Boring Portfolio

Trade Announcements

As our long-time readers know, all Motley Fool real-money portfolios have always made a point of announcing their trades BEFORE execution... and they ALWAYS WILL. But over the course of the past few trades, we have sometimes seen the traded stocks move dramatically away from us on trade day. Bad for us, and bad for you, too. We're not terribly surprised, frankly, for a few reasons. The first is that the Fool Portfolio has been extremely successful, and success begets attention. Second, due to that success and attention, we suspect many people are now following them, and in some cases, mirroring them. And third, there is even a chance that Wall Street market makers are getting wind of our proposed trades like anyone else, and could be artificially jumping up the ask price for buys, or artificially dropping the bid price for sells.

What this means is that we don't get our stocks at the prices we'd like. Of course, we could always go to the STANDARD Wall Street model of loading up on the stocks FIRST, then later (say, a day or two) tell you what we already own. Would that be Foolish, though? Nope. Never.

But we have come up with a new way of announcing Fool trades that we're putting into play as "policy," as of now. Namely, from now on when we announce an intention to trade, we will make that trade within the next WEEK, as opposed to the next day.

OK, what does this mean? Well, first off, it means that when we say we're going to buy Frankie's Hot Air Balloons (NASDAQ:SINK), we will NOT necessarily jump into Frankie's on the next day. In our recent experience, we could expect Frankie's -- which, say, closed at $34 1/2 the day before -- to open at $37 on our announcement. Maybe we think that's silly, that $37 is too high and we can get a better price. (Maybe you think the same thing, too.) Well, from now on, we have one week -- not just one high-pressure day -- to buy this operator of hot-air balloon rides. Maybe we can get it for $34 1/2 two days later. Maybe we can get it for $33 four days later. Who knows?

One thing's for sure in that scenario, though... we will get it AT SOME PRICE in the next week. That's our solemn commitment.

Our new policy should smooth out what have in the past been occasionally exaggerated moves in stocks the day we trade them. We've never wanted or liked that... we gain no benefit from it. In fact, we get hosed just as anybody else would when the stocks jump or dive! Our new policy should reduce the "day after" moves. But even if for some reason it doesn't, it'll give The Fool Portfolio more freedom to get a price it likes without being slave to the whims of market makers.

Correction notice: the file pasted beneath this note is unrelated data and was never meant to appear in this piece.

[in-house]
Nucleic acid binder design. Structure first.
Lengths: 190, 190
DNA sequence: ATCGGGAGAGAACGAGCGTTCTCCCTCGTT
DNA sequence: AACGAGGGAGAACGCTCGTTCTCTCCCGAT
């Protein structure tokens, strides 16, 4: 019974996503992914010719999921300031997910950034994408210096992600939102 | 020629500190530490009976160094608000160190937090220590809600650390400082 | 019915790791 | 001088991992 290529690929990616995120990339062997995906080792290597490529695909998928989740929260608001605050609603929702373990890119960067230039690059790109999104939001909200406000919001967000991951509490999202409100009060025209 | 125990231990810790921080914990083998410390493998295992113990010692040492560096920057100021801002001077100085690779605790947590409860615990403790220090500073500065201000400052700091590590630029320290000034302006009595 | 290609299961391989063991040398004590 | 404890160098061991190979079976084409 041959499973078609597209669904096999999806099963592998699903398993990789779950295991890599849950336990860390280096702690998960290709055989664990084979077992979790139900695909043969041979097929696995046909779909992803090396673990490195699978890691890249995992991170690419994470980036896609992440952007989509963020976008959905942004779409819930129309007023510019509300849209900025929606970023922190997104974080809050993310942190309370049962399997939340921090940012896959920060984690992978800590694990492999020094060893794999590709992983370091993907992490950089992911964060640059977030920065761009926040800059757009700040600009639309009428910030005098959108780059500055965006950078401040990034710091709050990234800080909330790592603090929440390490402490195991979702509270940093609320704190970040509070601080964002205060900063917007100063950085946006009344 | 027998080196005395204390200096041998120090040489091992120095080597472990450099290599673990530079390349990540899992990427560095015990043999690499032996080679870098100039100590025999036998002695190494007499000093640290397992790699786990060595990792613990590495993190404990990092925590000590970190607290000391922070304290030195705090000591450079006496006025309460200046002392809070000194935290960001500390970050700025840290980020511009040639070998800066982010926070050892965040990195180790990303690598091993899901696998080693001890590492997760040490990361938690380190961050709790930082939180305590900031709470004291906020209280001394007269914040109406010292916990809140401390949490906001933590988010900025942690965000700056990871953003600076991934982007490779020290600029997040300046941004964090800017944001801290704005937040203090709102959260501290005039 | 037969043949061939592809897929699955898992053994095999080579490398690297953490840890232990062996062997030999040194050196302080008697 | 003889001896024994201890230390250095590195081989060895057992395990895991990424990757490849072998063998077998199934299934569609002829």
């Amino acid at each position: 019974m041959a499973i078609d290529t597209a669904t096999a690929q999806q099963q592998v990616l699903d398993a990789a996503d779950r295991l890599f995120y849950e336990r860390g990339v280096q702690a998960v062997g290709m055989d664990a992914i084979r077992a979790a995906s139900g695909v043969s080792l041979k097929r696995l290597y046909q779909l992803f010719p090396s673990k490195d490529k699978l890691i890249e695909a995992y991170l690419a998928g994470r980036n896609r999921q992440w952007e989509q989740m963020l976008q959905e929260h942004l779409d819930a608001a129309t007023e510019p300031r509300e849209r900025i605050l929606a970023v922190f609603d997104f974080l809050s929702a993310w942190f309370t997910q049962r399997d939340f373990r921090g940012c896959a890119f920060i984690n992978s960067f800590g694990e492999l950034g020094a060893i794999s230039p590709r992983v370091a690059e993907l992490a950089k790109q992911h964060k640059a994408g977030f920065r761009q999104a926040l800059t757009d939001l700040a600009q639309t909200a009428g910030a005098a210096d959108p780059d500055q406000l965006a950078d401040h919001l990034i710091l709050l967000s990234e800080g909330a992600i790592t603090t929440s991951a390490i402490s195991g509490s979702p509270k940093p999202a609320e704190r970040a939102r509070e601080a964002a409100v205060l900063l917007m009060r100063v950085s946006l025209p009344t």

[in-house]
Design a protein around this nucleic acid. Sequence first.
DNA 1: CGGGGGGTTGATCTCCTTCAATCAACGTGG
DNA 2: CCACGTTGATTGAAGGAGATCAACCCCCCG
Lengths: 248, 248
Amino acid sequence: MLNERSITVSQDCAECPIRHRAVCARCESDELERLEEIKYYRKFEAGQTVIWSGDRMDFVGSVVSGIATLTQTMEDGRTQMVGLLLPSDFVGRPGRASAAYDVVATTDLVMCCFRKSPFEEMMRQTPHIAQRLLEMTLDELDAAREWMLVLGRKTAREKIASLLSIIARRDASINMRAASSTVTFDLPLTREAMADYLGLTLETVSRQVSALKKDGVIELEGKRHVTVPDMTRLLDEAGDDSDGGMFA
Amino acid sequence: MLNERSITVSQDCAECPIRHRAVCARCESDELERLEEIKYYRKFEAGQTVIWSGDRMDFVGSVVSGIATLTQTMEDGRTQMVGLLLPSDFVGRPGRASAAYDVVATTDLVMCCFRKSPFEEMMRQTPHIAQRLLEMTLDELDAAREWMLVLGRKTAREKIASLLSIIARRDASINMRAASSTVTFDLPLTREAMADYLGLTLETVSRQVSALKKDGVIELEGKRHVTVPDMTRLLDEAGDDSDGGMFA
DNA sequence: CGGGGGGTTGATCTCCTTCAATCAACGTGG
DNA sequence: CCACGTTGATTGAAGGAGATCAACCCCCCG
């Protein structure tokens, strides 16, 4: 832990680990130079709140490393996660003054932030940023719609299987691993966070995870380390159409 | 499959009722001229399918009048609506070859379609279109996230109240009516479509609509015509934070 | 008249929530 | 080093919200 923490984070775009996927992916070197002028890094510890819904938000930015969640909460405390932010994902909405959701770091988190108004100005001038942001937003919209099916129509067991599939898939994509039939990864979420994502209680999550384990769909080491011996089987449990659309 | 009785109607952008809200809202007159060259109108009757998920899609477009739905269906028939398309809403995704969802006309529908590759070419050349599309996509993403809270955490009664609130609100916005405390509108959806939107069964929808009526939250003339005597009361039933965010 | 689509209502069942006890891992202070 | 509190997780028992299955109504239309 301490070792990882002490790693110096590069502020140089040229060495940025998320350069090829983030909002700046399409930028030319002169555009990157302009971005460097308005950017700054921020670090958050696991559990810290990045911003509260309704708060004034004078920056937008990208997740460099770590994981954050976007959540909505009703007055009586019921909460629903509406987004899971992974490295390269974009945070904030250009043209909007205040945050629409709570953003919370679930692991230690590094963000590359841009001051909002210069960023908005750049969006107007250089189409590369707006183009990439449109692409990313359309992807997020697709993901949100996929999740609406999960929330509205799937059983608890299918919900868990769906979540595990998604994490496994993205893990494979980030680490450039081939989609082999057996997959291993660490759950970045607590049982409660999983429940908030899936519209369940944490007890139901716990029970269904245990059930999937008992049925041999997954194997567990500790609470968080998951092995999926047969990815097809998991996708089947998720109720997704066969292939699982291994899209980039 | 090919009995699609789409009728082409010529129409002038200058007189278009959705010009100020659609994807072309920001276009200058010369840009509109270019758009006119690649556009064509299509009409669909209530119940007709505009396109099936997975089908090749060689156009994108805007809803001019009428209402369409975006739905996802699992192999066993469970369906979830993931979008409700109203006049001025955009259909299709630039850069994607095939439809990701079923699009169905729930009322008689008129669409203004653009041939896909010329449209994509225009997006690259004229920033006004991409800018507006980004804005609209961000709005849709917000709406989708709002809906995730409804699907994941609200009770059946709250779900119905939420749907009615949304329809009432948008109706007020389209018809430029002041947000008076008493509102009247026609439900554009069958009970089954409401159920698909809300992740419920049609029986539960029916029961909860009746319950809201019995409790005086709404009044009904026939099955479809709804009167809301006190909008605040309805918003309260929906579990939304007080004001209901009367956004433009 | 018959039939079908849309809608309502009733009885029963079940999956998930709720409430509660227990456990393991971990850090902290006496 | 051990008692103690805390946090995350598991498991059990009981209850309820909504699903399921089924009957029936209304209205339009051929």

If the policy needs any further clarification, please read our Foolishly Answered Questions format, below:

Q: Hey, does this mean you blokes won't ever buy the next day?

A: No, it doesn't. We may still execute the trade at market open of the next day. Again, when we announce a trade, we are COMMITTING to make the trade at some point in the next week (5 market trading days).

Q: OK, so what if you announce on a Sunday night that you're going to buy a small-cap stock, and it opens up $2 to $22 on Monday, rises $2 more on Tuesday, Wednesday, and Thursday, and you haven't bought and it's at $28 and it's Friday?

A: We buy it. We said we would. We will. No questions asked.

Q: I understand accountability is important to you guys. Will you announce when you have actually made the trade?

A: Of course! Yes, the day we do make the trade, we'll announce it as usual in our Fool Portfolio recap.

Q: Does this go for The Fool Portfolio and the Boring Portfolio?

A: Yep, and any future portfolios we open in our hallowed Hall. This is new Fool policy.

Q: Well, I'm one of the people who paid $12 to subscribe for one year to your Foolish e-mail list. I still say you guys should give us something extra... you know, e-mail us your trade ahead of the general announcement.

A: Sorry... we the managers don't front-run our picks, nobody at Fool HQ does, and no select group of our readers does. We won't allow it. The Foolish E-Mail List is a service we offer to people who don't get to sign into Fooldom every night, and would like to read our announcements by e-mail. That's the sum total of the purpose of the product.

Q: That's it! You Fools have gone Wise... you are no longer serving your readers with this new policy. After all, the Fool Portfolio has always made it possible for me to duplicate the returns of the portfolio... you made it possible for me to get the same price you did.

A: Actually, that was always PART of our aim, since we wanted to serve you better than financial newsletters that bought their picks in advance of the issue reaching their subscribers' doorsteps. (In so doing, they would always show better numbers than subscribers could expect.) But as you know, we have never bought at the exact same price as any of our readers... we traded at SOME point on the next day, just like anyone else mirroring the portfolio. Stocks fluctuate hour to hour, sometimes minute by minute, so that no one was ever guaranteed the exact price that we got, or that someone else got. (In many cases, readers got BETTER prices than we did -- long-time readers will remember our fiasco in cashing out the Bed Bath & Beyond short last year.)

The point of our Foolish endeavors is to teach YOU to invest for YOURSELF; mirroring our returns is still easy to do with accuracy (again, you may do better), but we're not going to be pedantic about this. We don't think you should be, either... as usual, you should be making your own decisions.

Fool on!

Fool HQ